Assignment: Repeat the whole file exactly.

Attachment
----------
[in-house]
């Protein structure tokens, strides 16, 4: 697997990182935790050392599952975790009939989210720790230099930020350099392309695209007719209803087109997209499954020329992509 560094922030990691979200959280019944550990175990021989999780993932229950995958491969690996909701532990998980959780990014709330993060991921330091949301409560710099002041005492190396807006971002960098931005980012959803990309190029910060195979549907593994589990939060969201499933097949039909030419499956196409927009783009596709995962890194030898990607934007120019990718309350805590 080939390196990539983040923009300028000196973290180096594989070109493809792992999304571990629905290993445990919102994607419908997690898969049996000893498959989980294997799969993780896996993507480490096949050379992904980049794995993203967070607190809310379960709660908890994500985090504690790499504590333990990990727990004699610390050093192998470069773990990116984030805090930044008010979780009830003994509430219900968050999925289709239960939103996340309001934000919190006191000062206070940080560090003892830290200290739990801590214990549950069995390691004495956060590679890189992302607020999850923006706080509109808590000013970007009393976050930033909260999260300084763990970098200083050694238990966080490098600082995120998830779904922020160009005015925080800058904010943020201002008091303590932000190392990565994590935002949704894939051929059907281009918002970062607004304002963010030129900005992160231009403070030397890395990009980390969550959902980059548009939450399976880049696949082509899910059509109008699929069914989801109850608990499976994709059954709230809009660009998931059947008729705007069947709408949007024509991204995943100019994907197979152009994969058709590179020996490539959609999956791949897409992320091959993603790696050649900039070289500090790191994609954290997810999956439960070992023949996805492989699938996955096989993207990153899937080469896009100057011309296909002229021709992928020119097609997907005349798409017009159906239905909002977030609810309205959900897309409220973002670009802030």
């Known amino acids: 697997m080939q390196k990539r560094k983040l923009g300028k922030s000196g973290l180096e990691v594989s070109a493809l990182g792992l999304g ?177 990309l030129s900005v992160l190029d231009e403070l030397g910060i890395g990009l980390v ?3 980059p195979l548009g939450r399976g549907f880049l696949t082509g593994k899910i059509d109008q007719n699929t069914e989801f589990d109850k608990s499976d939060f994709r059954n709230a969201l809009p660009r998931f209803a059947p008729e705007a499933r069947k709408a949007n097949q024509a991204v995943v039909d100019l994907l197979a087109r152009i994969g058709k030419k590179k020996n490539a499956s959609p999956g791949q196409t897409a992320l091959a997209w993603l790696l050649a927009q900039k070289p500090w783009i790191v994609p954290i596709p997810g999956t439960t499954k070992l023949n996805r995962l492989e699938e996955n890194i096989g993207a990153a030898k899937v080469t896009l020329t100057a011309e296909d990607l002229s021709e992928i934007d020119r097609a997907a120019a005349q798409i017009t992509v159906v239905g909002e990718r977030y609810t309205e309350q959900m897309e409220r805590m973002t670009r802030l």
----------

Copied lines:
[in-house]
């Protein structure tokens, strides 16, 4: 697997990182935790050392599952975790009939989210720790230099930020350099392309695209007719209803087109997209499954020329992509 560094922030990691979200959280019944550990175990021989999780993932229950995958491969690996909701532990998980959780990014709330993060991921330091949301409560710099002041005492190396807006971002960098931005980012959803990309190029910060195979549907593994589990939060969201499933097949039909030419499956196409927009783009596709995962890194030898990607934007120019990718309350805590 080939390196990539983040923009300028000196973290180096594989070109493809792992999304571990629905290993445990919102994607419908997690898969049996000893498959989980294997799969993780896996993507480490096949050379992904980049794995993203967070607190809310379960709660908890994500985090504690790499504590333990990990727990004699610390050093192998470069773990990116984030805090930044008010979780009830003994509430219900968050999925289709239960939103996340309001934000919190006191000062206070940080560090003892830290200290739990801590214990549950069995390691004495956060590679890189992302607020999850923006706080509109808590000013970007009393976050930033909260999260300084763990970098200083050694238990966080490098600082995120998830779904922020160009005015925080800058904010943020201002008091303590932000190392990565994590935002949704894939051929059907281009918002970062607004304002963010030129900005992160231009403070030397890395990009980390969550959902980059548009939450399976880049696949082509899910059509109008699929069914989801109850608990499976994709059954709230809009660009998931059947008729705007069947709408949007024509991204995943100019994907197979152009994969058709590179020996490539959609999956791949897409992320091959993603790696050649900039070289500090790191994609954290997810999956439960070992023949996805492989699938996955096989993207990153899937080469896009100057011309296909002229021709992928020119097609997907005349798409017009159906239905909002977030609810309205959900897309409220973002670009802030």
């Known amino acids: 697997m080939q390196k990539r560094k983040l923009g300028k922030s000196g973290l180096e990691v594989s070109a493809l990182g792992l999304g ?177 990309l030129s900005v992160l190029d231009e403070l030397g910060i890395g990009l980390v ?3 980059p195979l548009g939450r399976g549907f880049l696949t082509g593994k899910i059509d109008q007719n699929t069914e989801f589990d109850k608990s499976d939060f994709r059954n709230a969201l809009p660009r998931f209803a059947p008729e705007a499933r069947k709408a949007n097949q024509a991204v995943v039909d100019l994907l197979a087109r152009i994969g058709k030419k590179k020996n490539a499956s959609p999956g791949q196409t897409a992320l091959a997209w993603l790696l050649a927009q900039k070289p500090w783009i790191v994609p954290i596709p997810g999956t439960t499954k070992l023949n996805r995962l492989e699938e996955n890194i096989g993207a990153a030898k899937v080469t896009l020329t100057a011309e296909d990607l002229s021709e992928i934007d020119r097609a997907a120019a005349q798409i017009t992509v159906v239905g909002e990718r977030y609810t309205e309350q959900m897309e409220r805590m973002t670009r802030l």